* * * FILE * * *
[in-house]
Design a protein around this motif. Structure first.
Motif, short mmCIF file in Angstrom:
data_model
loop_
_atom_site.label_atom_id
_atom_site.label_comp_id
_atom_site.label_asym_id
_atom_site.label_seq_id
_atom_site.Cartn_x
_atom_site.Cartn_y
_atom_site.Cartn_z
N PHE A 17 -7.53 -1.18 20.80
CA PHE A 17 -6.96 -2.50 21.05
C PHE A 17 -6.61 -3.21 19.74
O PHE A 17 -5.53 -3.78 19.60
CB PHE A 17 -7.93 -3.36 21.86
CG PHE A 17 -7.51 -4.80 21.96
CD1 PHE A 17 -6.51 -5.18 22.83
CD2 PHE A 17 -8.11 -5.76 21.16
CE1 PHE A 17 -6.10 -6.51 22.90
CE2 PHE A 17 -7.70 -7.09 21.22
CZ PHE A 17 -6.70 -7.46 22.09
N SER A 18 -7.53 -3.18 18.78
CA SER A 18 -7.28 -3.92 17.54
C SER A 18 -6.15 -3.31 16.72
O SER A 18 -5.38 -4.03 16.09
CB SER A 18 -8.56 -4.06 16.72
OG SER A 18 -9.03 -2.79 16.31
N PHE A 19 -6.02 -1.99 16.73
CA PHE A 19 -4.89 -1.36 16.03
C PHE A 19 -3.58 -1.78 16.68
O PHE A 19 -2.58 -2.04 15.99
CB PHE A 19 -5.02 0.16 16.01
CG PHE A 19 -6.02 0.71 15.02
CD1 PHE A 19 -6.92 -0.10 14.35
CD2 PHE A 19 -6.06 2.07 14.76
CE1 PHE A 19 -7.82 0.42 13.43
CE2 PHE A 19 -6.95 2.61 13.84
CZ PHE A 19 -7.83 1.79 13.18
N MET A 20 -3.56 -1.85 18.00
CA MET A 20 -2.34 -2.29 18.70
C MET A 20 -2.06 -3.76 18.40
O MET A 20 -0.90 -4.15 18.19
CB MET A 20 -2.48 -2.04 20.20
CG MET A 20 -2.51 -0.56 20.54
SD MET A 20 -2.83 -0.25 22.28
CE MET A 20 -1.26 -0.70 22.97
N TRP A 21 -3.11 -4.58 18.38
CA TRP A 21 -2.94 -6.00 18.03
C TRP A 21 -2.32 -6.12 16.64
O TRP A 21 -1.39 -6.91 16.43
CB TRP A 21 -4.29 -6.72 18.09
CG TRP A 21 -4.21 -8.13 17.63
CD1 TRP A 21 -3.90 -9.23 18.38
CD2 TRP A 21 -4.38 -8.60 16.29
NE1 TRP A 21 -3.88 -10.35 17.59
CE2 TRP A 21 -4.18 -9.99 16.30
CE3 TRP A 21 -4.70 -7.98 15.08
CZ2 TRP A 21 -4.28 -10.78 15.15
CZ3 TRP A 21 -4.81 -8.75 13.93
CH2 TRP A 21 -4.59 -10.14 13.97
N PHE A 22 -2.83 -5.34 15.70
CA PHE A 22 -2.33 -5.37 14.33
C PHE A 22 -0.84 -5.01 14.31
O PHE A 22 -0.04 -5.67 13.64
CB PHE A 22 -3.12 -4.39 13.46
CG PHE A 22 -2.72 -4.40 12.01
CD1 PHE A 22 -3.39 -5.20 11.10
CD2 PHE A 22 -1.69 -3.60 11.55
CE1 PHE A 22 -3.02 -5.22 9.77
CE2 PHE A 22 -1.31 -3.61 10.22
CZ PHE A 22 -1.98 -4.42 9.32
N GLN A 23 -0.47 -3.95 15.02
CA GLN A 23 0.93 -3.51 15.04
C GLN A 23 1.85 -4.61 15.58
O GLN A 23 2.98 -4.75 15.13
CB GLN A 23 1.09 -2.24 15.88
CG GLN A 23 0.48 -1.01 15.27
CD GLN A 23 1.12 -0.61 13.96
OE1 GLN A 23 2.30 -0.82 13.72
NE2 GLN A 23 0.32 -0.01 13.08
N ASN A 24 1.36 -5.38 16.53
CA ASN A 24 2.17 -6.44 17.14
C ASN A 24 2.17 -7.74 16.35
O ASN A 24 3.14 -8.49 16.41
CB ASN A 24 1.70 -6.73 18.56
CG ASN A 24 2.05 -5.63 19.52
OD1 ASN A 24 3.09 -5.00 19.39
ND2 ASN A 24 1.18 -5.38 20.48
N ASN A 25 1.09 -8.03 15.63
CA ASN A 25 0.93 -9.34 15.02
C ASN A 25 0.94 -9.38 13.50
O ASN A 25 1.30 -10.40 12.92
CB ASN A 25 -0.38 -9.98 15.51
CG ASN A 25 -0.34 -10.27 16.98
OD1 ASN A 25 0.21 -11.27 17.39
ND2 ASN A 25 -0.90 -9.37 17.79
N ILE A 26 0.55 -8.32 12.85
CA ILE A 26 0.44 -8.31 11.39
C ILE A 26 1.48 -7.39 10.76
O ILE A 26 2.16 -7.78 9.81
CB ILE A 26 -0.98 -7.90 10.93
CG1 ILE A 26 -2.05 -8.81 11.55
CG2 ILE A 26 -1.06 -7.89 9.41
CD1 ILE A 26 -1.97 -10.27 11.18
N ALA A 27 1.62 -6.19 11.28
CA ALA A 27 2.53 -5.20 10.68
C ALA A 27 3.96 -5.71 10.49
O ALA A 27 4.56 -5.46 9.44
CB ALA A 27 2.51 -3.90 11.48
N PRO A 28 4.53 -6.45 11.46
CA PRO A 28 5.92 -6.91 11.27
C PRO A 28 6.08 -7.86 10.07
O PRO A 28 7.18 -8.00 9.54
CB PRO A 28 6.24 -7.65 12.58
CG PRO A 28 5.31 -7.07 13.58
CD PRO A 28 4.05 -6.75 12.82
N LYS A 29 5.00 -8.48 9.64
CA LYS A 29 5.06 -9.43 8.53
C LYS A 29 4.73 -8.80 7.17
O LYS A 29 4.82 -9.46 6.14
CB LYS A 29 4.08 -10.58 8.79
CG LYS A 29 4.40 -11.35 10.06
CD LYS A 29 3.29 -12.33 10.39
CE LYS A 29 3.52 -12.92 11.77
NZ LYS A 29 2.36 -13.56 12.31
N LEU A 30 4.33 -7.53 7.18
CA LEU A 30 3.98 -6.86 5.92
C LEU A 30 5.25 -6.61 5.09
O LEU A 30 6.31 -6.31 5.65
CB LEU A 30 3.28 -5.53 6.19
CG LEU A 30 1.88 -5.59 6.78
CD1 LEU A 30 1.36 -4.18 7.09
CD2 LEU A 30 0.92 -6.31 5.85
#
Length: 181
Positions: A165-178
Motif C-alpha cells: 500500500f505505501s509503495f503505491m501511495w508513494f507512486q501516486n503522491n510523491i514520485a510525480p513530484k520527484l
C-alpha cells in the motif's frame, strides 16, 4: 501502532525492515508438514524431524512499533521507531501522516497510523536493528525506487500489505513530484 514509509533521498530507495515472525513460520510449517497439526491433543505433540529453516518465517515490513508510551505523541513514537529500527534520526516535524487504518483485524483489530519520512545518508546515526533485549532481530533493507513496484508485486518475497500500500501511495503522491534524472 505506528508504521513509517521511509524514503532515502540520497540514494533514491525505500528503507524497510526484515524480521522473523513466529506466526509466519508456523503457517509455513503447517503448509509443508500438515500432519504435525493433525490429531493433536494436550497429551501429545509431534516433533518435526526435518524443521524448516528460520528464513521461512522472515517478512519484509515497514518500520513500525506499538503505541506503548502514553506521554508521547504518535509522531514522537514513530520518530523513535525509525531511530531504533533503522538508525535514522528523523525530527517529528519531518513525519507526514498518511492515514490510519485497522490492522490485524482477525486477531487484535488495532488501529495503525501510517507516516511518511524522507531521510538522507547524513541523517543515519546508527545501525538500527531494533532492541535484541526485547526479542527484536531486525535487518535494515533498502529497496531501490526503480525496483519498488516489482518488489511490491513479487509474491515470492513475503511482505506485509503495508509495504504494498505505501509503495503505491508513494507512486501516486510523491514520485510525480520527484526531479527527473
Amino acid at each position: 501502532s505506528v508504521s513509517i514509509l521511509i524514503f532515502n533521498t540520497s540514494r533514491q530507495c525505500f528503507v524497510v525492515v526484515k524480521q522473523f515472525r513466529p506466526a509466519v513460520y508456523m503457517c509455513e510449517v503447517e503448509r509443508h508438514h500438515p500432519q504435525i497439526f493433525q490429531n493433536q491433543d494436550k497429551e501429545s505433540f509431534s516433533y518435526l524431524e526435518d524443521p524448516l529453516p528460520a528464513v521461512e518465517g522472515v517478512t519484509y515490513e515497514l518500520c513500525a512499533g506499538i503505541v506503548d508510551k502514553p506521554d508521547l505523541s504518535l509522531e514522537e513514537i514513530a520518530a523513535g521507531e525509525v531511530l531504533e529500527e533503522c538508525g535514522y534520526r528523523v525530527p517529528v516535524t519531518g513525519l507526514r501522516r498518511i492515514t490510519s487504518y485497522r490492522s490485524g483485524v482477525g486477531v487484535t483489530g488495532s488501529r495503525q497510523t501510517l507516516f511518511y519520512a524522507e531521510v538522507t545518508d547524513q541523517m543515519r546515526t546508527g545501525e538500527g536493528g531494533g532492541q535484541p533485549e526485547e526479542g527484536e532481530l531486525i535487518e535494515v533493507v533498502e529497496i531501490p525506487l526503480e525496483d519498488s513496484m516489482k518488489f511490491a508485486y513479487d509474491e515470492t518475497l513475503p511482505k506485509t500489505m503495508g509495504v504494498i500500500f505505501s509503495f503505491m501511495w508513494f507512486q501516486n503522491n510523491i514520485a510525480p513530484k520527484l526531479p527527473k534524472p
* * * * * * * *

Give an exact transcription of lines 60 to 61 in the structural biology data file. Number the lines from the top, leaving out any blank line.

CZ2 TRP A 21 -4.28 -10.78 15.15
CZ3 TRP A 21 -4.81 -8.75 13.93